The former aspect is far more concerning to me than the latter.
That lowered release point tells me that he’s still trying to avoid that over-head motion. The Philly rehab team has said his scapular imbalance is now corrected so assuming that’s correct, what is going on?
This is where pain science comes into play.
Pain is actually an “experience”, it’s multi-factorial and not simply just because you have a physical issue. The brain uses pain as an alert signal to say “hey, don’t do that, it’s dangerous!”
The brain can interpret movements as threatening and dangerous far after all physical issues have been resolved, resulting in a pain response. That is the basis for understanding chronic pain.
The following visual is a simplified but effective overview of the brain’s perception of threat or danger:
For Markelle, it could very well be the case where even though his scapular muscle balance has been restored, his brain continues to interpret that overhead motion as dangerous and therefore he continues to anticipate pain – resulting in the continued use of a lower release point.
Lets now move on to the fluidity of his jumper, or lack thereof.
Above I wrote that the fluidity of the motion isn’t concerning to me. The reason for that is because this lowered release point jumper is a new motor pattern for Markelle.
He probably worked on a high release jumper for most of his life and that became his ingrained baseline neuro-motor pattern. When you try to change a deeply ingrained gross motor pattern, the beginner (cognitive) and intermediate (associative) stages of that change are inherently characterized by inconsistency and a lack of fluidity.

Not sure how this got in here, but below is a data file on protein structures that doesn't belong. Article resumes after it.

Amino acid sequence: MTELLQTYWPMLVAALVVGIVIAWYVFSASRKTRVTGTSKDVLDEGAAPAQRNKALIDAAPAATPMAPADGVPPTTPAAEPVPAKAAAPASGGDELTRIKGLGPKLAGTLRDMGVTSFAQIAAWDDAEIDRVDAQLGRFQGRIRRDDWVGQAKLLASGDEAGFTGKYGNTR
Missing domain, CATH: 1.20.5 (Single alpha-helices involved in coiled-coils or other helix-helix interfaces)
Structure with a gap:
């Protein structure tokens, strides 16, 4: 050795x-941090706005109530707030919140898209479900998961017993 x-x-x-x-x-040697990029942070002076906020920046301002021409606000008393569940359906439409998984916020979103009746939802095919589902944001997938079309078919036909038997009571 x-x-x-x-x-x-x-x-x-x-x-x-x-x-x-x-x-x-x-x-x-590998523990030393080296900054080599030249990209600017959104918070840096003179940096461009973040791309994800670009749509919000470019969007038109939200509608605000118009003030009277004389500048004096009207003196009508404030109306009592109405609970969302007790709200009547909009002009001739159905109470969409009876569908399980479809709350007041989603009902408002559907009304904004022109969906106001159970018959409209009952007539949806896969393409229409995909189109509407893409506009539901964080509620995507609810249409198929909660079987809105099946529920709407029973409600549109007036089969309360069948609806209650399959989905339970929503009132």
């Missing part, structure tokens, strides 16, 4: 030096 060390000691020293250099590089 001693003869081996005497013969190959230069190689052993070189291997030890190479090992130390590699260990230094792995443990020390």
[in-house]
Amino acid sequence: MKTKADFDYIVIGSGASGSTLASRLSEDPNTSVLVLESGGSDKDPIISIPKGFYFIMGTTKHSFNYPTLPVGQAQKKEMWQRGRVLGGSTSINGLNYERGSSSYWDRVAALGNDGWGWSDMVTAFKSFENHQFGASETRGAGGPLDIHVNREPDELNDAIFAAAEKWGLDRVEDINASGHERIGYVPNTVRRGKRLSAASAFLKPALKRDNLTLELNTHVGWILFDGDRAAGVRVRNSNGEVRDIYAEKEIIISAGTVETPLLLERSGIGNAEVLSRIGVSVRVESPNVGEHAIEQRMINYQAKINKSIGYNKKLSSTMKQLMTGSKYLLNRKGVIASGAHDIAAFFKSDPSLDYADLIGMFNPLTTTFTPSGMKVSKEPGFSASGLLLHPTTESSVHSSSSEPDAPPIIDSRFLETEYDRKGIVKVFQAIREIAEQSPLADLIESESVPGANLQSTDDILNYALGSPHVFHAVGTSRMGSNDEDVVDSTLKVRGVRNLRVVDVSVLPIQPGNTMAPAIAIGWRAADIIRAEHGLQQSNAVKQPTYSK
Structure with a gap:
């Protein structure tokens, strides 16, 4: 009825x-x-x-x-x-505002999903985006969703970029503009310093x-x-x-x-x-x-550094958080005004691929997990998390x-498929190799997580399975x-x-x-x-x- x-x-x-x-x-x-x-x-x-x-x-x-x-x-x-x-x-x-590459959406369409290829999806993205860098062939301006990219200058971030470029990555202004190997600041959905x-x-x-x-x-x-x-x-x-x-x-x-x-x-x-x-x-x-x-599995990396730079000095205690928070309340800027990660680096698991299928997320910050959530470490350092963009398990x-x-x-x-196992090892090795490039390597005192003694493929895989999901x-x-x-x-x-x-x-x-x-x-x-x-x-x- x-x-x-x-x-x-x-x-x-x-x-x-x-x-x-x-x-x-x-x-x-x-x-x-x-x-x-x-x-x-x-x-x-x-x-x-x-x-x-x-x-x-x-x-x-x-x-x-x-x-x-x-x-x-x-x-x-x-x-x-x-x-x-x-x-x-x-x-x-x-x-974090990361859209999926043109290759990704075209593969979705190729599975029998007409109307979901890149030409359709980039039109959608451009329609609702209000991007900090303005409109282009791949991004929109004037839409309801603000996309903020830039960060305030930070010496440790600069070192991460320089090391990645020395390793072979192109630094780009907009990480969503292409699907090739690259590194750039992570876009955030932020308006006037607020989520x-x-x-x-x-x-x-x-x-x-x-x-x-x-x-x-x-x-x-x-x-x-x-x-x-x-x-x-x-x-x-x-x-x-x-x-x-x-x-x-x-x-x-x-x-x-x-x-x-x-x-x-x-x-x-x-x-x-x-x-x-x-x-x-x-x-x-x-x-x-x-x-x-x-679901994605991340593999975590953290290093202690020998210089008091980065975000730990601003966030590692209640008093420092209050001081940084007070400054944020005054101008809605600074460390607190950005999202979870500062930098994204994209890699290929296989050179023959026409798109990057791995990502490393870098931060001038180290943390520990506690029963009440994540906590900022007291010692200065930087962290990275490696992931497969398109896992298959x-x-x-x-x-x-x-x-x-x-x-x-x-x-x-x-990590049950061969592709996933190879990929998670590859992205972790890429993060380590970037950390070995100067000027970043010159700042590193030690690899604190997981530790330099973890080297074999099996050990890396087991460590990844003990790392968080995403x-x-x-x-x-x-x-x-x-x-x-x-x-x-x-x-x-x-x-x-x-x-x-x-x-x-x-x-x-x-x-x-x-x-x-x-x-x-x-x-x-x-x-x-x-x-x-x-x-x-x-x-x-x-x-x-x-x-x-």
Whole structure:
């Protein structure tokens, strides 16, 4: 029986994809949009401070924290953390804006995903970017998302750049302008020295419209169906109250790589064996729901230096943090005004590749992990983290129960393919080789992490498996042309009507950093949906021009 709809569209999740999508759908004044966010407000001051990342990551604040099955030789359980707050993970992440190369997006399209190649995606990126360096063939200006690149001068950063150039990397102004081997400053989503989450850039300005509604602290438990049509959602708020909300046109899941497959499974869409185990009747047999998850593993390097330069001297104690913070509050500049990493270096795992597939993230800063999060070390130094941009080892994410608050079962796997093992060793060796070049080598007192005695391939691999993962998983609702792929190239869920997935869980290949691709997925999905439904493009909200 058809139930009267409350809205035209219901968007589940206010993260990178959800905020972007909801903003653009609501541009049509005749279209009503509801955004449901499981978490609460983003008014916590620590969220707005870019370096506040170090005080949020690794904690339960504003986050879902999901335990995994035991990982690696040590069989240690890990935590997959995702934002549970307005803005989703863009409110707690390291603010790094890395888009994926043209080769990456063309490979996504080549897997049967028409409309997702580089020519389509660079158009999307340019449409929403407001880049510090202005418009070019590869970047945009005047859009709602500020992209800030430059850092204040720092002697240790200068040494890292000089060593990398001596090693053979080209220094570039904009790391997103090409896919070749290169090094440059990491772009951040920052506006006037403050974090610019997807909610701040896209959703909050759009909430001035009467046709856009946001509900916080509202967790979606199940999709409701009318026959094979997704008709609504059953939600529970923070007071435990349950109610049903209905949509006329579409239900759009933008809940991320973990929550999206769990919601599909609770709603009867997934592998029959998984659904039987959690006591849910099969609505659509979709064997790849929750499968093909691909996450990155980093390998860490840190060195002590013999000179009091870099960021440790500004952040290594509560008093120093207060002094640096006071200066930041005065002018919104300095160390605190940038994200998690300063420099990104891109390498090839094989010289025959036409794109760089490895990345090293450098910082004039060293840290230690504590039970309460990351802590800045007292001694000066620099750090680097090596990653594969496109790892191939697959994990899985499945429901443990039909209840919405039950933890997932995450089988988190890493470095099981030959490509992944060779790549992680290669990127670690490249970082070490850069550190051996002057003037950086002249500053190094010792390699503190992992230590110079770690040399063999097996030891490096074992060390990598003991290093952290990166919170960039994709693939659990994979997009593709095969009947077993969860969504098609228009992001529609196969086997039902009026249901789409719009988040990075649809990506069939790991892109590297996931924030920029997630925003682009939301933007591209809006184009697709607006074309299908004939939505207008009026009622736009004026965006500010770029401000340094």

Here’s an overview of the stages:
The mistakes are actually quite important because they allow for self-corrections and for your neuro-motor pathways to eventually solidify so you can get to the advanced (autonomous) stage which is characterized by fluidity of motion. Like anything else in life, mistakes are the greatest learning experience.
So what does this all mean for Markelle going forward?
It’s impossible to give a definitive answer on this because I’m not privy to convos with Markelle but I have two scenarios in mind here:
- The current form of his jumper is him trying to work through the aforementioned neuro-cognitive pain association and he’s trying to get back to that high release point. This is based on looking at the progression his form has made from pre-season to now.
- He’s permanently trying to change his form to a lower release point.
In scenario, #1, he has to slowly and incrementally increase the release point of his jumper – it’s like convincing your brain that “hey, it’s ok to do this motion. It’s not dangerous”.
It’s not an easy task but as someone who has worked with individuals dealing with far worse pain feedback loops, I can say that it’s certainly doable when done with the right approach and patience.
In scenario #2, he’s trying to learn a new jumper. There are multiple examples of this – the most salient and recent for me being Brandon Ingram – and it takes a lot of time, energy, and repetitions to do it.
In either case, time and patience is required but I do believe he will work his way through this. Whether it’s scenario 1 or 2, only time will tell.
Thanks for reading and I hope this provided some insight into the web that is Markelle Fultz’s jumper…and hopefully some respite for hyper-ventilating Sixers fans.